A prehistoric site has been suspected in this field north of Forty Acre Lane since a cropmark was spotted on a Google Earth aerial image of 2001. At first identified as half of a ring-ditch (thought probably to have been the ditch encircling a Bronze Age round barrow), it was later re-interpreted with the benefit of another aerial photograph by the National Mapping Programme working within the High Woods project (c. 2015; Monarch site no 200821). They interpreted the site as a denuded long barrow of Neolithic date; surprisingly, it was not noted in the synthesis report on that project (Carpenter et al. 2016).
A metal-detecting rally was held in the field in March 2021 under the auspices of Midweek Searchers. One of the finds made, by Mark Spinney, was a Camerton-Snowshill type dagger dating to the last phase of the Early Bronze Age (c. 1750–1550 BC); this was reported to Simon Maslin, Finds Liaison Officer, and published on the Portable Antiquities website in July 2021 (HAMP-C13678). Since such daggers most frequently accompany burials, it was desirable to see if such a context could be established in this case. The landowners kindly allowed us to undertake geophysical surveys. In the event, the main feature revealed was the ditch of a long oval enclosure, almost 100m long. This is almost certainly Neolithic, but rather than being a long barrow as such, it is more likely to have been a site of the long enclosure category. Inside the eastern end of this enclosure there is apparently a pit-circle (strictly speaking oval), again probably of Neolithic date. Some other large features are suggested by the geophysical plots.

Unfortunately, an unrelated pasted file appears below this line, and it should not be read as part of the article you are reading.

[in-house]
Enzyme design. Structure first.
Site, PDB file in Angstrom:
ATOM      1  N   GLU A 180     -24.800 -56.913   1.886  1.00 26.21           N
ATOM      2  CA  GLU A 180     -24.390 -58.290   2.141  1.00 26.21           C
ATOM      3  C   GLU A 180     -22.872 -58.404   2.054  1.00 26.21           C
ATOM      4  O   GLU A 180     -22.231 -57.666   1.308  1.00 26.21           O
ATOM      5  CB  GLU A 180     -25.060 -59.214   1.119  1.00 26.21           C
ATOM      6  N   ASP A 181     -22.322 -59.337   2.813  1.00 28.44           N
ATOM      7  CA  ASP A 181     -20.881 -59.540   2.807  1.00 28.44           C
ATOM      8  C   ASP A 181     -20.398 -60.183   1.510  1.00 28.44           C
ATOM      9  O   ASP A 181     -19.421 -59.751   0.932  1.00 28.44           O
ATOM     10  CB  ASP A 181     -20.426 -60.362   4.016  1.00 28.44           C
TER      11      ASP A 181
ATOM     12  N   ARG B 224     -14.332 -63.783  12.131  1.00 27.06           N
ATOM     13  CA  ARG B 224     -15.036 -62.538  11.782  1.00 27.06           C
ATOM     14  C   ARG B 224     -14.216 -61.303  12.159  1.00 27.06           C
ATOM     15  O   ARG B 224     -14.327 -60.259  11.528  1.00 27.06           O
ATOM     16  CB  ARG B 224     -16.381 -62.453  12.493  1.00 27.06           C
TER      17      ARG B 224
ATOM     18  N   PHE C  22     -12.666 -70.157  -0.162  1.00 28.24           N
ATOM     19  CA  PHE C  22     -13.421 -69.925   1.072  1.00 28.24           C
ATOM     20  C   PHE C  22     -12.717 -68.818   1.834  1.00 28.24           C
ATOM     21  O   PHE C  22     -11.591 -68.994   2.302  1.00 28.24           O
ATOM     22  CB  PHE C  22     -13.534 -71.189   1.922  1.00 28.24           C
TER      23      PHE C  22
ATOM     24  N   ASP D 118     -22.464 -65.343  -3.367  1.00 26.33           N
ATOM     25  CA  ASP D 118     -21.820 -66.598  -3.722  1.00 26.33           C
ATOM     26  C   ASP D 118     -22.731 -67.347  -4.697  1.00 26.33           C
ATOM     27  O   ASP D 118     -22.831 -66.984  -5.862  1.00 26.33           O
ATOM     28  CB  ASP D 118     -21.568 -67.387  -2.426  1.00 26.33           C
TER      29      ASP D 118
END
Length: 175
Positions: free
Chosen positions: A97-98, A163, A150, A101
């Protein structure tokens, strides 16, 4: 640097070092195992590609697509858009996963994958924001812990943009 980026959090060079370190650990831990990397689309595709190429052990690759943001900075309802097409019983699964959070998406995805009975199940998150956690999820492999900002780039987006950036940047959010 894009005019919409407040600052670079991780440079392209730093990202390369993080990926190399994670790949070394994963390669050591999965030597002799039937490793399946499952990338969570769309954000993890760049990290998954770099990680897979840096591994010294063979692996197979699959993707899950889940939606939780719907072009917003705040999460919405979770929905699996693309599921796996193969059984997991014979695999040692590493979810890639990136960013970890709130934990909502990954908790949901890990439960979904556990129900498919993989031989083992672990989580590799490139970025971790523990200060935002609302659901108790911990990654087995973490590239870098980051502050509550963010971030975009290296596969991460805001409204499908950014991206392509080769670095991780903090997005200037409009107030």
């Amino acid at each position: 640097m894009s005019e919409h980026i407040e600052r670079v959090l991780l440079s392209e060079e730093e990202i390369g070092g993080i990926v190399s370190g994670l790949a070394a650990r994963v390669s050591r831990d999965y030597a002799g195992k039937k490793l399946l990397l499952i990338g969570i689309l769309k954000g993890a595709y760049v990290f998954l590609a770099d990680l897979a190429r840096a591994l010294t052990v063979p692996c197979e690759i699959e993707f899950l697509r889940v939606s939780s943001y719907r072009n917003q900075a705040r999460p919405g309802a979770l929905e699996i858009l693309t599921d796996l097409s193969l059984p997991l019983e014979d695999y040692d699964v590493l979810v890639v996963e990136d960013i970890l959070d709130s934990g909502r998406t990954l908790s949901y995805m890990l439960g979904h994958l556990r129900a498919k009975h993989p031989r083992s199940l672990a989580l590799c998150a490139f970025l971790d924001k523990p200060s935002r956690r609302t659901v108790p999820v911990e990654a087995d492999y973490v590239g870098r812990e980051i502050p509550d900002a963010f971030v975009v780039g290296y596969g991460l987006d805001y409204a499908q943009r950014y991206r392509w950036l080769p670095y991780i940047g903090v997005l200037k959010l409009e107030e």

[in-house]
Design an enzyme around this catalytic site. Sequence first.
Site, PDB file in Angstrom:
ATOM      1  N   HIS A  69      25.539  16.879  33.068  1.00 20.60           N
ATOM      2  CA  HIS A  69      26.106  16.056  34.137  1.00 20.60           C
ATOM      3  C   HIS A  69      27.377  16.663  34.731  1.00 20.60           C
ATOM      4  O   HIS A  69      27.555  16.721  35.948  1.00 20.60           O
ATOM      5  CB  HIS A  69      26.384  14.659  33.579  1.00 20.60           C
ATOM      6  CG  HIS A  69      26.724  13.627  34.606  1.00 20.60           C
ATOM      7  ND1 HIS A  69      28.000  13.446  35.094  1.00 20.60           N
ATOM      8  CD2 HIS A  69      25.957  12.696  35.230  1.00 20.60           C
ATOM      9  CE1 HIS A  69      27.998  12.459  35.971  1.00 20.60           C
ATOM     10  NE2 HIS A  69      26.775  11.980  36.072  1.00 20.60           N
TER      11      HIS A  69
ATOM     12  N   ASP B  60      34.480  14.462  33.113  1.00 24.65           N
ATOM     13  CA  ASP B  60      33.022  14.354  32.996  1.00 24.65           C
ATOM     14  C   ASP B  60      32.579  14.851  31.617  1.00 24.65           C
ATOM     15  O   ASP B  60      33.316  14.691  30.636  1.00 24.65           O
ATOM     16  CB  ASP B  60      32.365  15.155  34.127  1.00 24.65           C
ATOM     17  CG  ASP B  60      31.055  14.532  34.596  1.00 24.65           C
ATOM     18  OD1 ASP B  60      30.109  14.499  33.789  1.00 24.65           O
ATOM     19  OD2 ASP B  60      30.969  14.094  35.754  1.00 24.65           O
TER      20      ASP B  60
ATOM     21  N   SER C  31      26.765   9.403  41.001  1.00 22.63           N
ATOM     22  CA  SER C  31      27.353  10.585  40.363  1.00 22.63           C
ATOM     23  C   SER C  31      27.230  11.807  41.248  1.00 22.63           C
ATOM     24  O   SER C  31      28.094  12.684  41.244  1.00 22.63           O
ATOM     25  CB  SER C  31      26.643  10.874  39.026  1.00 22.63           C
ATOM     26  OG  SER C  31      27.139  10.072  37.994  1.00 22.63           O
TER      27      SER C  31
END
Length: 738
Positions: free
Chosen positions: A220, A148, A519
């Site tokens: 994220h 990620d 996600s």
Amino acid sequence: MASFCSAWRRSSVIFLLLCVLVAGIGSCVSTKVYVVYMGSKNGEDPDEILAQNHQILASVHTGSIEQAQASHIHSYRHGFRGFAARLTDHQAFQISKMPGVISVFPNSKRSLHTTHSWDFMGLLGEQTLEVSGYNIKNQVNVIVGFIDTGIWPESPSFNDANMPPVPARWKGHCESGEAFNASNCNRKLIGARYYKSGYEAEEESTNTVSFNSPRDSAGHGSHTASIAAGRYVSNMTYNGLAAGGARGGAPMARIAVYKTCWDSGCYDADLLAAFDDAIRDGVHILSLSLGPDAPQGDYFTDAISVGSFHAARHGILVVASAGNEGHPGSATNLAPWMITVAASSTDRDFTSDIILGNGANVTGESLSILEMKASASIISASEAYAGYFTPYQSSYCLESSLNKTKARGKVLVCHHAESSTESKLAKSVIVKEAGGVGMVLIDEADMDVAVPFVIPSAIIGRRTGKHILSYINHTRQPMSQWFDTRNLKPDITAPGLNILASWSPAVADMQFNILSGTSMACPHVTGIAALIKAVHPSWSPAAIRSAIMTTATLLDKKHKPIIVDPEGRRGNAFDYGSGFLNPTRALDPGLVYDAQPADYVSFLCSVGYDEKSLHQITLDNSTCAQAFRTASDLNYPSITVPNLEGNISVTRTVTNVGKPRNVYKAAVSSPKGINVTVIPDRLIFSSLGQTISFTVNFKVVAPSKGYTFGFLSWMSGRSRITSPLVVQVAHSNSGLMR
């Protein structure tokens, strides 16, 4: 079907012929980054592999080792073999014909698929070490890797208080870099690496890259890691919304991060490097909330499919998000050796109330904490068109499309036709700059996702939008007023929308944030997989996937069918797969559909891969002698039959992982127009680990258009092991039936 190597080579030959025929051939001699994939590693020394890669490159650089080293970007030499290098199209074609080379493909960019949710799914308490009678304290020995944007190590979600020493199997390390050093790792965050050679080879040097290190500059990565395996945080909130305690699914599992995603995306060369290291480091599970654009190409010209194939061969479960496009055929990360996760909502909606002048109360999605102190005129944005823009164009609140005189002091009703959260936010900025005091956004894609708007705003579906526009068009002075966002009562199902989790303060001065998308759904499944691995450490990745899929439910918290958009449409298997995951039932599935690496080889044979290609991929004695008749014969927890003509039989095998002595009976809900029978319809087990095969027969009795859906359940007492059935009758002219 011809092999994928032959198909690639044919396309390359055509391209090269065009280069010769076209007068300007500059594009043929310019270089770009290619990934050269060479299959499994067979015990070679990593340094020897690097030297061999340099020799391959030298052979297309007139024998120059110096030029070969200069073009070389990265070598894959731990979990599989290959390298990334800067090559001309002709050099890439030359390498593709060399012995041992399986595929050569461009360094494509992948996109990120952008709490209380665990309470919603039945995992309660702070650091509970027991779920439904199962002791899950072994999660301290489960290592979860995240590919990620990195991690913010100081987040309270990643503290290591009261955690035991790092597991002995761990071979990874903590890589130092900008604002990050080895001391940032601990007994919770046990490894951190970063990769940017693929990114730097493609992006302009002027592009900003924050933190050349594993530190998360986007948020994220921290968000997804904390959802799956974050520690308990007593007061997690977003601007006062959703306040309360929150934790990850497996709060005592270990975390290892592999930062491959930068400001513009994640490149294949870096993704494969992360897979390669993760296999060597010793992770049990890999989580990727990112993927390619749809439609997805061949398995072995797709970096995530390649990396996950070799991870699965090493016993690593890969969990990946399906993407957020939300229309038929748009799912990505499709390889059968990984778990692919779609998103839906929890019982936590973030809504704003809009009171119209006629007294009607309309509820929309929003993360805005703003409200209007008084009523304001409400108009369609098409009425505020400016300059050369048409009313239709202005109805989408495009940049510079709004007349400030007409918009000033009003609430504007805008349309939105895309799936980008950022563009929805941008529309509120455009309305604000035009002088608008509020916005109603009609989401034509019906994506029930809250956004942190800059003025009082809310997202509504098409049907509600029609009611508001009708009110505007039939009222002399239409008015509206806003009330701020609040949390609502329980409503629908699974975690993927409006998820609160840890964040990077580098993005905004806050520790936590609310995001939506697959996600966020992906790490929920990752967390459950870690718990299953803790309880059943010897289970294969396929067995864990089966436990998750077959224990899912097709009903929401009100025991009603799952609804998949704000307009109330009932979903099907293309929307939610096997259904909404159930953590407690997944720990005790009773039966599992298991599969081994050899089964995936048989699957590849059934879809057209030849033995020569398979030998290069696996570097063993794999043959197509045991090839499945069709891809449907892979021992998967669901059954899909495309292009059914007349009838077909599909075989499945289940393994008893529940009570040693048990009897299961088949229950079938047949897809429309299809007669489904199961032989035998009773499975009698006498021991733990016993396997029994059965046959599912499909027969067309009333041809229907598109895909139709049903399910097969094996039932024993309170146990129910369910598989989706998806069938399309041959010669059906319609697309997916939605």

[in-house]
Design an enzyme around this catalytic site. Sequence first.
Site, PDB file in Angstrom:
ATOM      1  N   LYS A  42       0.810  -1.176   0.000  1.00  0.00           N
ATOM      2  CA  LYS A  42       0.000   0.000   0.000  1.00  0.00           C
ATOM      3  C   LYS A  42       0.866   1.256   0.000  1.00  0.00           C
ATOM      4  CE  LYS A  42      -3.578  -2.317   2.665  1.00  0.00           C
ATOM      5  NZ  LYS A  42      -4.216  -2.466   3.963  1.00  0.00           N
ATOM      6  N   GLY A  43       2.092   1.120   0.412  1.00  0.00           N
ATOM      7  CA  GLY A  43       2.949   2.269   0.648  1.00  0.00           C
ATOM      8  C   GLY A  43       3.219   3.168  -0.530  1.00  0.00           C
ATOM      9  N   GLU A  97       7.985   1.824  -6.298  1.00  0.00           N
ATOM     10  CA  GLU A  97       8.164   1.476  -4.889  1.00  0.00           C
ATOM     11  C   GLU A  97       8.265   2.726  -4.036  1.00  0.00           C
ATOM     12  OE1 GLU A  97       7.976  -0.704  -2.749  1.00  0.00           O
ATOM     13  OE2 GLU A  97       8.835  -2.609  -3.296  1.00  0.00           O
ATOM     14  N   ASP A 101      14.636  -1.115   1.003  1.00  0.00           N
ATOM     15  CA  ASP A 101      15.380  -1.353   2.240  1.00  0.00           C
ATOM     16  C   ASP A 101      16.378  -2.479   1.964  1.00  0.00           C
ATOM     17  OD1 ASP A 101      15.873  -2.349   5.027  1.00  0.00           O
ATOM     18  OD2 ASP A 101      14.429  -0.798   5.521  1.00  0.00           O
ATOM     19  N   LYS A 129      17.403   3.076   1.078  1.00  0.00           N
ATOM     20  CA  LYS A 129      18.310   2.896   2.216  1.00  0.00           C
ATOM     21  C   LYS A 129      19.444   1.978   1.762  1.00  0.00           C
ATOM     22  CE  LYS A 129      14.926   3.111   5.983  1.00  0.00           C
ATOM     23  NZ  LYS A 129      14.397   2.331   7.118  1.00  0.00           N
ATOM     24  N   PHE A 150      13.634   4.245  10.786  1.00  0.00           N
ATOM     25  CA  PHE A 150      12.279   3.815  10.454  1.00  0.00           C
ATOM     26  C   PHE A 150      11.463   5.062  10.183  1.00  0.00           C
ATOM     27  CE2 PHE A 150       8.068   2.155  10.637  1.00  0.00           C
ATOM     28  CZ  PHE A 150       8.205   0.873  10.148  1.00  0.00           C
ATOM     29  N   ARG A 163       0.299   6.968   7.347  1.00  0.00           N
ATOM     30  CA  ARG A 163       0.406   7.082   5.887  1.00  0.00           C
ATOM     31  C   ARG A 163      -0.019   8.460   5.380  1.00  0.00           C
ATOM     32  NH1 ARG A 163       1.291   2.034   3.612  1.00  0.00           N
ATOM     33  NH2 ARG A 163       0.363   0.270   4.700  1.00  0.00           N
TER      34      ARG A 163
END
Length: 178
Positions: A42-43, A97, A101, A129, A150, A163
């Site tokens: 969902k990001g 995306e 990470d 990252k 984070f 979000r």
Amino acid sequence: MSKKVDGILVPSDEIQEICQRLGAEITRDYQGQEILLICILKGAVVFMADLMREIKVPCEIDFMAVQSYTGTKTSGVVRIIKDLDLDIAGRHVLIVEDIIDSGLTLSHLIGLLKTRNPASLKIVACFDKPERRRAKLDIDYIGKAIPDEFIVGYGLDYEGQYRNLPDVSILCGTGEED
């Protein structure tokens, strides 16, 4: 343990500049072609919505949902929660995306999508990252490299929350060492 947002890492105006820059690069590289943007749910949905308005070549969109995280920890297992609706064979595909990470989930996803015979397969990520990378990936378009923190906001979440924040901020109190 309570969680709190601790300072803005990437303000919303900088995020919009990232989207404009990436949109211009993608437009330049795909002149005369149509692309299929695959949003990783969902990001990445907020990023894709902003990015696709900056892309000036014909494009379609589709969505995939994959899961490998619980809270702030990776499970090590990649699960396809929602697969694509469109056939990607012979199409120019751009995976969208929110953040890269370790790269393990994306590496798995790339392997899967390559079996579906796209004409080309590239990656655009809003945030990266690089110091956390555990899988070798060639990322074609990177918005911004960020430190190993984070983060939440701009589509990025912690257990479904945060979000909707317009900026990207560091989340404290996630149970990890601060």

A request to undertake sample excavations was acceded to by the landowners. There were two main questions to be addressed: firstly, to see whether a context for the dagger could be identified and, secondly, to characterise and date some of the Neolithic features.